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Surgical equipment left in patient among serious medical errors made at Ipswich, Colchester and West Suffolk hospitals

PUBLISHED: 10:13 08 December 2016 | UPDATED: 10:13 08 December 2016

Ipswich Hospital. Photo by Phil Morley

Ipswich Hospital. Photo by Phil Morley

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Seven "very serious" medical errors were made at Suffolk and Essex health trusts within six months this year, sparking calls for action by a watchdog.

Cutting the wrong toe tendon during foot surgery was among three never events – named that way because they are “preventable” and should never happen – to occur at Colchester Hospital University NHS Foundation Trust between April and October.

A fragment of medical equipment was left in a patient in one of three incidents to happen at Ipswich Hospital within the same period.

A piece of surgical equipment used during an operation broke off and was left inside a patient – who was informed and made a full recovery – at West Suffolk Hospital.

Healthwatch Suffolk’s chief executive Andy Yacoub urged the trusts to learn from their mistakes and take action to prevent such errors from happening again.

“As ‘never events’ are serious medical errors, Healthwatch Suffolk would consider them to occur very rarely, if at all,” he said.

“They are defined as very serious, preventable and costly medical errors and as such we expect our local hospitals to pay a great deal of attention to them when they do occur. They must learn from them and act; informing all those who need to make changes in, for example, decision making so that the public can be assured that such occurrences will not be repeated.”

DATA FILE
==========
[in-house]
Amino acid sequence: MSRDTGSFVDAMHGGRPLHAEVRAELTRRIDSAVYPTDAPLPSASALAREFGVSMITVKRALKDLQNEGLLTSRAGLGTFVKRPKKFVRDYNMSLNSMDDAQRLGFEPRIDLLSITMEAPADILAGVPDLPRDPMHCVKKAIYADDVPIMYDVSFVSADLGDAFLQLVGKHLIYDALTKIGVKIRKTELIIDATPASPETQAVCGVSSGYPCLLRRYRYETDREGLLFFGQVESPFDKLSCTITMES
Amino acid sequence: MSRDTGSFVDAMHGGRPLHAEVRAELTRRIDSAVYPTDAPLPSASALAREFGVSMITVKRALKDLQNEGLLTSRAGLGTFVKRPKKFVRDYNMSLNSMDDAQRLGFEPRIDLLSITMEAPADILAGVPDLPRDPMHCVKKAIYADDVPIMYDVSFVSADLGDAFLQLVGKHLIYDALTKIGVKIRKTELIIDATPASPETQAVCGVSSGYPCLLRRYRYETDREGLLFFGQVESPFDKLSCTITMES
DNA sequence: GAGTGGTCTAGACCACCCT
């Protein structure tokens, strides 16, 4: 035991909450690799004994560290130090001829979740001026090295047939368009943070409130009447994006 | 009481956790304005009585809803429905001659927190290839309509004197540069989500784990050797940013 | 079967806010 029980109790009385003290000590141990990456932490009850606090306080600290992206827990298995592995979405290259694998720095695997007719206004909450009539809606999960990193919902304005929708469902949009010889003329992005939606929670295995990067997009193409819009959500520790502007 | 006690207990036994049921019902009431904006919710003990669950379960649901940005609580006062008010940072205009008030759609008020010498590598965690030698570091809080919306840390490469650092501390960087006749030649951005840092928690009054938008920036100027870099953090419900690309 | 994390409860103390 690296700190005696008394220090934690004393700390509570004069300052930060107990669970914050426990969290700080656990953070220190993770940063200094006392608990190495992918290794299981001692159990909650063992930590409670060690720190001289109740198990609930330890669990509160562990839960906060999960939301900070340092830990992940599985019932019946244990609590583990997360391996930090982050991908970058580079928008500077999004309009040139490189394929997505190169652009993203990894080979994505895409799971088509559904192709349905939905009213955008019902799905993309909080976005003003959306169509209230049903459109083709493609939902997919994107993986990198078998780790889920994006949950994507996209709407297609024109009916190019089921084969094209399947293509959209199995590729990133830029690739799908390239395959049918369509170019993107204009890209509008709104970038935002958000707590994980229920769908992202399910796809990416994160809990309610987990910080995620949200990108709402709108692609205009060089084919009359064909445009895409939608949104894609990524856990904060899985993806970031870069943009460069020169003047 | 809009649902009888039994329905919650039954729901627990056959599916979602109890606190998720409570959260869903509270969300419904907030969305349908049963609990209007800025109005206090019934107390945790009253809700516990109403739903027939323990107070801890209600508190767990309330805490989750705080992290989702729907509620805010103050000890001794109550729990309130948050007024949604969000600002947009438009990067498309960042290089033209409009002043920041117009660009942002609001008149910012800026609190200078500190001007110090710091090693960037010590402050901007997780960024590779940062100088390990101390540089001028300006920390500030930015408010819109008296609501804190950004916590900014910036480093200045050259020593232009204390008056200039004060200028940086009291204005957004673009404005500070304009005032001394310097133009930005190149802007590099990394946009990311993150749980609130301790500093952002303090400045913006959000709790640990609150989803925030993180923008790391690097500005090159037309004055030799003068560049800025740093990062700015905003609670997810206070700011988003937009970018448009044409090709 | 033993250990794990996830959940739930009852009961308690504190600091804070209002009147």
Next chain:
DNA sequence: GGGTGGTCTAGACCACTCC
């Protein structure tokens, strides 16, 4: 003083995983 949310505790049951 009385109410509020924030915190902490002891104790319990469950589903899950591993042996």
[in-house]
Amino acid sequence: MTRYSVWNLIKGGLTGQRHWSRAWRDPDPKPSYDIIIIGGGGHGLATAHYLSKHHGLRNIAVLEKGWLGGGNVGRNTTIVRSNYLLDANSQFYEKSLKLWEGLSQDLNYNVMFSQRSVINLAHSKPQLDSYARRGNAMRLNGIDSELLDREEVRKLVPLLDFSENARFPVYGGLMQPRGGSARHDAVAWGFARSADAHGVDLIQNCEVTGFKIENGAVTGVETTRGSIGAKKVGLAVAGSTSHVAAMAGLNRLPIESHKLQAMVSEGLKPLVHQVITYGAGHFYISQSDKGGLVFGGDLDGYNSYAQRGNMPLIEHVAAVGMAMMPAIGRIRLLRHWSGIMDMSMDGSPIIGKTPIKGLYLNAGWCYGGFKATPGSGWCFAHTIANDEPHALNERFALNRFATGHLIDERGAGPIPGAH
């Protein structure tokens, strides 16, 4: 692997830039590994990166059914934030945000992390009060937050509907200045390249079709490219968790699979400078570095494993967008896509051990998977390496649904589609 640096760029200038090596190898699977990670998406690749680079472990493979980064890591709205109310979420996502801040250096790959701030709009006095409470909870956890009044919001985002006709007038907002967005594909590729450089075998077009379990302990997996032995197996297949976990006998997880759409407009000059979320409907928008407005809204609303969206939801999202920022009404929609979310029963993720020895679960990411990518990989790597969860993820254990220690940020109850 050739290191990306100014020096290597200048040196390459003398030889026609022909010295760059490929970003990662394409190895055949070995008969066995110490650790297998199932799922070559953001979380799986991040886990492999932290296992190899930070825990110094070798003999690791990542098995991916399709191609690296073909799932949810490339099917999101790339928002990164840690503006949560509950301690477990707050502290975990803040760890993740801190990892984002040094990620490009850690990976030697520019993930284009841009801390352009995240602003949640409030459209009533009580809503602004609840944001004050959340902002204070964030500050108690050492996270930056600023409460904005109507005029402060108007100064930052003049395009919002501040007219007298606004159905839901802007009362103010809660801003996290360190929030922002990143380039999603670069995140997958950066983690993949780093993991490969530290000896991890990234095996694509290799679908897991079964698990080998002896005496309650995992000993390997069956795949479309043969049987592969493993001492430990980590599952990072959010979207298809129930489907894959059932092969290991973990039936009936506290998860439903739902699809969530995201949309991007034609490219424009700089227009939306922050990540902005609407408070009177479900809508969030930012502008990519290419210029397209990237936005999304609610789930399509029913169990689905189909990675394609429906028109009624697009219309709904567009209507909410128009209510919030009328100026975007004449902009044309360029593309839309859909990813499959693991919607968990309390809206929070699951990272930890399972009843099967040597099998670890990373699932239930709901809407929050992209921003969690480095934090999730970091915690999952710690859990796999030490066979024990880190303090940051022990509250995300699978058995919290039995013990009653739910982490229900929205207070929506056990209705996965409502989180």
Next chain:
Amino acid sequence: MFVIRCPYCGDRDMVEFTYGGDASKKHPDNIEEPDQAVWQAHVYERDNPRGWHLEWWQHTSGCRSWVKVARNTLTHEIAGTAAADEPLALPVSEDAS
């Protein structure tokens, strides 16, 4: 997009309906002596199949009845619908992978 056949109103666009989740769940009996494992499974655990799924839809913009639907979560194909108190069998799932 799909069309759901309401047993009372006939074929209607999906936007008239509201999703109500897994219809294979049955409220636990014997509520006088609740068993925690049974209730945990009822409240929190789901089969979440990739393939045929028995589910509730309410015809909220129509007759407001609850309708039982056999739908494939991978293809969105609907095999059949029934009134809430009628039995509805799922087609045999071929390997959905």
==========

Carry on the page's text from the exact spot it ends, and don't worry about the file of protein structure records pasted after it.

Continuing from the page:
Details of never events are published routinely by health trusts via the NHS improvement service – bosses must record them and notify the relevant safety authorities.

Ipswich Hospital spokeswoman Jan Ingle said the trust was “disappointed” that the events occurred.

But she added: “No patients had long lasting or permanent damage because of them.

“We report all incidents using a national serious incident report investigation (SIRI) framework and we publicly report any incidents on our quality audit.”

And health chiefs at Colchester were keen to stress that one never event is “one too many”.

“It is right for each problem to be highlighted and for a solution to be found,” a trust spokesman said. “The trust is working hard to ensure that it embeds learning from never events, serious incidents and complaints throughout the organisation for the benefit of patients in the future.”

West Suffolk NHS Foundation Trust’s chief nurse Rowan Procter added: “The trust works extensively to ensure we are fully compliant with all national guidance related to ‘never events’ and supports the philosophy that they are wholly preventable. Patient safety is our top priority and we work with staff to continually improve our processes and procedures.”

For a list of never events across the NHS as a whole, visit improvement.nhs.uk/uploads/documents/NE_data_provisional_report_April_-_October_2016_FINAL.pdf

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